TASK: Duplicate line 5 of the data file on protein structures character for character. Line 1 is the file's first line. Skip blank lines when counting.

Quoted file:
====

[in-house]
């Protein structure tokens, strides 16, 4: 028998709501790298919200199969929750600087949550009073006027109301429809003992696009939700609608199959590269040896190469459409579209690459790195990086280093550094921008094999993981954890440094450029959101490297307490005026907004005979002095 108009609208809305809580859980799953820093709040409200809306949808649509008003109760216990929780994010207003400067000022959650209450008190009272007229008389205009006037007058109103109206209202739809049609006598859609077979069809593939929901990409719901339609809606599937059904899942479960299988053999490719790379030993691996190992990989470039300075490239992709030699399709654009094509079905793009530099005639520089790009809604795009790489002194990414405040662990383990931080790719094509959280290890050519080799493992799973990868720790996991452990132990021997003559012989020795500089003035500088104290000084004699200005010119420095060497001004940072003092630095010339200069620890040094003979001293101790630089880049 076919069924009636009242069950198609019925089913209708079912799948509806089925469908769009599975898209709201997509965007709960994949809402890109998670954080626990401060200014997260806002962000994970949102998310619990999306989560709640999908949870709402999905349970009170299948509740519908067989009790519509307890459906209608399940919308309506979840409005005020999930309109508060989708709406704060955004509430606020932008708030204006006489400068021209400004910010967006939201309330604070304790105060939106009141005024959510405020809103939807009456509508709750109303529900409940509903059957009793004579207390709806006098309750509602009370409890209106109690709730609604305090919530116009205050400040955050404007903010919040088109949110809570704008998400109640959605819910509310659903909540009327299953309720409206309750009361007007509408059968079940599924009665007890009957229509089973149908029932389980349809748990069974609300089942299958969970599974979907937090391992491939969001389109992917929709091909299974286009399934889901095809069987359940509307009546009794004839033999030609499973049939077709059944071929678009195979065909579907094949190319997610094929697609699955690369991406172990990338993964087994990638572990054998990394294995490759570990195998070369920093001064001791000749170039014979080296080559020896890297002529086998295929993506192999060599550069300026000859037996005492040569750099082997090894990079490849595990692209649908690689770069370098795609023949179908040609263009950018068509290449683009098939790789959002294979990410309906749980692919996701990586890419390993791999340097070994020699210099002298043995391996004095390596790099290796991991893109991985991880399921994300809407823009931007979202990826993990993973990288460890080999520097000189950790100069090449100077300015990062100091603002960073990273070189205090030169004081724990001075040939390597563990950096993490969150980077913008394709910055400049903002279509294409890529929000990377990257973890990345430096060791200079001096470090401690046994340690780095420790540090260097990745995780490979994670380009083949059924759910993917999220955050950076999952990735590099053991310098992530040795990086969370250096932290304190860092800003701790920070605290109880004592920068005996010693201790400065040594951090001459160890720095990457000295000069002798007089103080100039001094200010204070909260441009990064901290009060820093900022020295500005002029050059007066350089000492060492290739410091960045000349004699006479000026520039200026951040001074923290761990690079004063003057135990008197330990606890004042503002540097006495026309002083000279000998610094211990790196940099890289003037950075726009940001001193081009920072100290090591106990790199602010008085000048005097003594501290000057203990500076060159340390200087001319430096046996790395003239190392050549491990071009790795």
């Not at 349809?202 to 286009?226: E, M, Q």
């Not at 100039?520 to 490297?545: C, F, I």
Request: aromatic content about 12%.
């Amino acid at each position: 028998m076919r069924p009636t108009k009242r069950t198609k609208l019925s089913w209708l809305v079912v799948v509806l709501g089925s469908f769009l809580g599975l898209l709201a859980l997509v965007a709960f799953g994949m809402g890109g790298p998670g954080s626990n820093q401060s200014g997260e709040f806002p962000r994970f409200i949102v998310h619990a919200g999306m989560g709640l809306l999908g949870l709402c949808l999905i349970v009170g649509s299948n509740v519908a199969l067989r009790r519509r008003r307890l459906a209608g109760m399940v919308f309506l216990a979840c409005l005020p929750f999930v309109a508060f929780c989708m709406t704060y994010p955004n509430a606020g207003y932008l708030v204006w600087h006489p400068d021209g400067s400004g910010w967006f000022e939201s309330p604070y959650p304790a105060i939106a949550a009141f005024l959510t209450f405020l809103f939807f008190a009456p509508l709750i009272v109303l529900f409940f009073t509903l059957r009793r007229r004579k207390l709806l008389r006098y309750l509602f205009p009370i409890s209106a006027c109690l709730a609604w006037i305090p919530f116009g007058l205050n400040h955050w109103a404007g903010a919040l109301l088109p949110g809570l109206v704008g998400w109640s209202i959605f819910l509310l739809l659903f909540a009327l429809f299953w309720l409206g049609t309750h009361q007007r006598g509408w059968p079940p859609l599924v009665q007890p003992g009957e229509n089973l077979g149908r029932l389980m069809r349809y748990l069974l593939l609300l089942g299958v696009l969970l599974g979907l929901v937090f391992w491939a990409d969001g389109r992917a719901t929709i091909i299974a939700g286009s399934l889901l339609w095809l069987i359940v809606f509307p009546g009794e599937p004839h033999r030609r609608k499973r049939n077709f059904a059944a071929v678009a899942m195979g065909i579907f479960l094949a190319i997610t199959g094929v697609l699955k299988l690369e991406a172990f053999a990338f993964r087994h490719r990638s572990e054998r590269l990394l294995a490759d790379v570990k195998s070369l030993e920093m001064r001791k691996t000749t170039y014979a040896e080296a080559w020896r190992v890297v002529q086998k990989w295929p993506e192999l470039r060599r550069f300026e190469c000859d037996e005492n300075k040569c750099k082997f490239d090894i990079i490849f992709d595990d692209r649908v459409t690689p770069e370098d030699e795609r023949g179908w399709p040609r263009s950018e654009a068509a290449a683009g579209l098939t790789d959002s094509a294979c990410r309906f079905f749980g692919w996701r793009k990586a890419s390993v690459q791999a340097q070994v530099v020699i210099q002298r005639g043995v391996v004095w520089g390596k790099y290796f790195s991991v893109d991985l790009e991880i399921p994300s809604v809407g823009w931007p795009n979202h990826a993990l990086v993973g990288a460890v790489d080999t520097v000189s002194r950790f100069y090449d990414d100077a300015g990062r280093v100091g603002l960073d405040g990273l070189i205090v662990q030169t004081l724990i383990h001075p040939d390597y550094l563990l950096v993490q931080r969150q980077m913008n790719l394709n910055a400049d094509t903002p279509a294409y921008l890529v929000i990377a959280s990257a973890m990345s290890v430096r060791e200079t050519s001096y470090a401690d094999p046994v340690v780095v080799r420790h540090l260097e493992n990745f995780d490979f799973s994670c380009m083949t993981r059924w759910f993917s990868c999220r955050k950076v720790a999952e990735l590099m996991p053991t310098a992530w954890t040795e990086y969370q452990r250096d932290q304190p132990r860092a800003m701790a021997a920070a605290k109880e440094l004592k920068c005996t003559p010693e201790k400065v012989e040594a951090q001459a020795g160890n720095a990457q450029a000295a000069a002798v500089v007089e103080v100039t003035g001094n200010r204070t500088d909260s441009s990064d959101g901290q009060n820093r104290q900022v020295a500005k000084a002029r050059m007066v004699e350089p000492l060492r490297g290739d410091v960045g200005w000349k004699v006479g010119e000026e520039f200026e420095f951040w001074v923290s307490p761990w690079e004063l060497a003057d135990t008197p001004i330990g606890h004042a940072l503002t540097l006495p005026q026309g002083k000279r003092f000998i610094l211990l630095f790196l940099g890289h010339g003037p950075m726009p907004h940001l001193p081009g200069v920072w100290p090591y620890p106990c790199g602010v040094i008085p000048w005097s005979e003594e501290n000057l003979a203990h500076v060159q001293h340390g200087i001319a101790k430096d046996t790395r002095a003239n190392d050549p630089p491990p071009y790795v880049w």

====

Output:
Request: aromatic content about 12%.